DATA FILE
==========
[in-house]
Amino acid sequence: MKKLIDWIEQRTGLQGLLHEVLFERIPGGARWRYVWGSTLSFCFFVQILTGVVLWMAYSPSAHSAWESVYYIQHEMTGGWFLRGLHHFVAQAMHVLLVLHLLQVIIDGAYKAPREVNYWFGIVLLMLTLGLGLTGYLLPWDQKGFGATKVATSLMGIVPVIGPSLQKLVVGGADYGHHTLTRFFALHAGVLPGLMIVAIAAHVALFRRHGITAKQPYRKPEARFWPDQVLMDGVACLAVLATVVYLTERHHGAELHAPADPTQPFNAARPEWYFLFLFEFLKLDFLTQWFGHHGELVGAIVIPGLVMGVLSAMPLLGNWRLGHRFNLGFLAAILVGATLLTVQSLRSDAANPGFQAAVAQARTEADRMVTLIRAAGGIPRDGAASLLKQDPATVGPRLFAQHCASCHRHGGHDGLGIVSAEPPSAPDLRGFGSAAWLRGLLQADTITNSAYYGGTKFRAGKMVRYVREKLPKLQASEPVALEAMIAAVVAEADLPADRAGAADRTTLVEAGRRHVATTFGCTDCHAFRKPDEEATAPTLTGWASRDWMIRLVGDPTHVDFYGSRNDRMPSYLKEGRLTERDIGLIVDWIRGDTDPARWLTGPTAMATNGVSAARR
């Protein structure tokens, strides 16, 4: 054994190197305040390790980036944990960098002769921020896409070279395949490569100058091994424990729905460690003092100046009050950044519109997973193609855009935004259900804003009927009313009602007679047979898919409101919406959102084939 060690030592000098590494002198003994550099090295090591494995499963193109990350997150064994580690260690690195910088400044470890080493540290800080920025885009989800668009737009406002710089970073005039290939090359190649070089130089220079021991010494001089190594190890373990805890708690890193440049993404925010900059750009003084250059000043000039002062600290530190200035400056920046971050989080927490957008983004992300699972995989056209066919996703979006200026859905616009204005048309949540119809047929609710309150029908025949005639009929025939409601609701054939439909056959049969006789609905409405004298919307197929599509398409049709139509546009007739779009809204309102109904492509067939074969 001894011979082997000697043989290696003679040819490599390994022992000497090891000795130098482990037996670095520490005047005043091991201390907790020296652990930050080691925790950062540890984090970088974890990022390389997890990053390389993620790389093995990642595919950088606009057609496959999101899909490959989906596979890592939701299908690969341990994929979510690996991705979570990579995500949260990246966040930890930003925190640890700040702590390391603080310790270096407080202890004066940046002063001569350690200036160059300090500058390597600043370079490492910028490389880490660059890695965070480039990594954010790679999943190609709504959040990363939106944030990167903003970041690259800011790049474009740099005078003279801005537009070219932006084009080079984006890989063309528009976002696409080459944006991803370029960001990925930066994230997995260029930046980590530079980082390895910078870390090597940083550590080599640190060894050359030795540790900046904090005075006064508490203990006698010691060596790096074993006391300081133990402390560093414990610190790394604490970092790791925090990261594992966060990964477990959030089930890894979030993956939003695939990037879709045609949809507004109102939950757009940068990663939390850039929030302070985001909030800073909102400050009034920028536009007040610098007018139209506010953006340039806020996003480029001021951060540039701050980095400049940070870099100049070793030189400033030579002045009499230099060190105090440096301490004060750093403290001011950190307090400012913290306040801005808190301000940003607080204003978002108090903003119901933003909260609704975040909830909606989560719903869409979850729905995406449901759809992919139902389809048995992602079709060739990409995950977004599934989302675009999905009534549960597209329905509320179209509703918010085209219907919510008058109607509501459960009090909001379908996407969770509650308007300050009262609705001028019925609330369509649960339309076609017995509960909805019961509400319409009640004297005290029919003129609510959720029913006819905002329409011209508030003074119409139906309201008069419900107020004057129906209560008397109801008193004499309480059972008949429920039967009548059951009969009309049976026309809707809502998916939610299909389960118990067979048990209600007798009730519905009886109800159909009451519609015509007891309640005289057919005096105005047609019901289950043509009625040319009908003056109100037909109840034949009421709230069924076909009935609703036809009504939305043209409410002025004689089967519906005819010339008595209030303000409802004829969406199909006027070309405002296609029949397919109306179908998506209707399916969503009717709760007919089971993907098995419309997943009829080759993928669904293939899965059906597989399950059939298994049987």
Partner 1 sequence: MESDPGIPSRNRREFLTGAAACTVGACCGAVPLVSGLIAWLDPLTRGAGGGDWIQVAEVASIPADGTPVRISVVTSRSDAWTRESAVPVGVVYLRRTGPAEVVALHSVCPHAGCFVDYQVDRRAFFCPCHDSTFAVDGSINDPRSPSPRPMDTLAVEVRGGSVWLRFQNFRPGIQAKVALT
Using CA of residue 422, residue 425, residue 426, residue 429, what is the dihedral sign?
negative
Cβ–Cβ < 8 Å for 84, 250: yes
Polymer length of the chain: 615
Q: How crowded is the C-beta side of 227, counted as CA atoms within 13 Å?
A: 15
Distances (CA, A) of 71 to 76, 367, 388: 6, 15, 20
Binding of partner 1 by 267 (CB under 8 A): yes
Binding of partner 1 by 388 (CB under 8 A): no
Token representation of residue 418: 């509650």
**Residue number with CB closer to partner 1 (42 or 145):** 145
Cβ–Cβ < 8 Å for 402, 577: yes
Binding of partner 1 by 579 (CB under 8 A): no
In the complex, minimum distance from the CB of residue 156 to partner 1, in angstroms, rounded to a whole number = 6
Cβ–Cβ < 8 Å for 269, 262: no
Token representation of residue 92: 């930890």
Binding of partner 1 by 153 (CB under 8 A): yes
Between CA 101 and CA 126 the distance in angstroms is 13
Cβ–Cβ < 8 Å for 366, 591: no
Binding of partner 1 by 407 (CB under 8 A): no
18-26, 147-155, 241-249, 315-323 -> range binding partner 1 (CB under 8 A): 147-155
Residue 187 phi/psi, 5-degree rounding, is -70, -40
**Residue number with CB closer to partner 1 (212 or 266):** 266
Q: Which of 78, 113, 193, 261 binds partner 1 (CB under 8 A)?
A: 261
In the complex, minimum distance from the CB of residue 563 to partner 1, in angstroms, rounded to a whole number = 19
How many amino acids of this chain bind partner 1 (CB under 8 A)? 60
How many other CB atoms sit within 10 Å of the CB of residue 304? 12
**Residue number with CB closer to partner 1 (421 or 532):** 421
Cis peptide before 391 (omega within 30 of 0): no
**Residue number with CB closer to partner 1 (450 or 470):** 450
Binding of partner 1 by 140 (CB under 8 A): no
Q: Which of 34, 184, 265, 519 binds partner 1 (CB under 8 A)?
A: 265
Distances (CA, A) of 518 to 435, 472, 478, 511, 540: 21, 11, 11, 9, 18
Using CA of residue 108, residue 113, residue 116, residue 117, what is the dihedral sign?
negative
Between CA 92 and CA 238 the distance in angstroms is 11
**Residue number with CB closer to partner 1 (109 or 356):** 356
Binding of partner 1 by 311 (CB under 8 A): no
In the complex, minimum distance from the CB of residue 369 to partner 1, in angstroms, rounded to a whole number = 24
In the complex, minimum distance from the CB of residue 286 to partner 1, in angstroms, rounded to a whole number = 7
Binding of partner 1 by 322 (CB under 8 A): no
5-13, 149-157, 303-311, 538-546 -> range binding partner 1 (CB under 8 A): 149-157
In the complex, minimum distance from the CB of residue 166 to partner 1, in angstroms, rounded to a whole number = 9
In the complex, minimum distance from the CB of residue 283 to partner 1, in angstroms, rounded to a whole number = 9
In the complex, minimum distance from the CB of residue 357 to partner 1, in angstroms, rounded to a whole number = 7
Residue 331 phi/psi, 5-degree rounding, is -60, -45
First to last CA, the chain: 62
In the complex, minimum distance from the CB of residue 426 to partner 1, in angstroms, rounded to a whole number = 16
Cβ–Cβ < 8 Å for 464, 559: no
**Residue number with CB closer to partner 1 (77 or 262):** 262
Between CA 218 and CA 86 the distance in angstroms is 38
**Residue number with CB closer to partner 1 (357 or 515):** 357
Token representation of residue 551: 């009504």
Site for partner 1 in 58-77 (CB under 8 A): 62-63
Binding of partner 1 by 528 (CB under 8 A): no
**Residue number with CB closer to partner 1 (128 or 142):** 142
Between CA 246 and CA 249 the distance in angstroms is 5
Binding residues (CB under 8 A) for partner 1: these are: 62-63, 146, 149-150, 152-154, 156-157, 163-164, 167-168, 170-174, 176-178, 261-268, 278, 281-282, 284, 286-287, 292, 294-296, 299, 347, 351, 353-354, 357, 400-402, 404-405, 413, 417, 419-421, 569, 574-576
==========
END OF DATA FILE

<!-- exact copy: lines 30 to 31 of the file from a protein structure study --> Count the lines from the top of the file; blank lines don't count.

In the complex, minimum distance from the CB of residue 563 to partner 1, in angstroms, rounded to a whole number = 19
How many amino acids of this chain bind partner 1 (CB under 8 A)? 60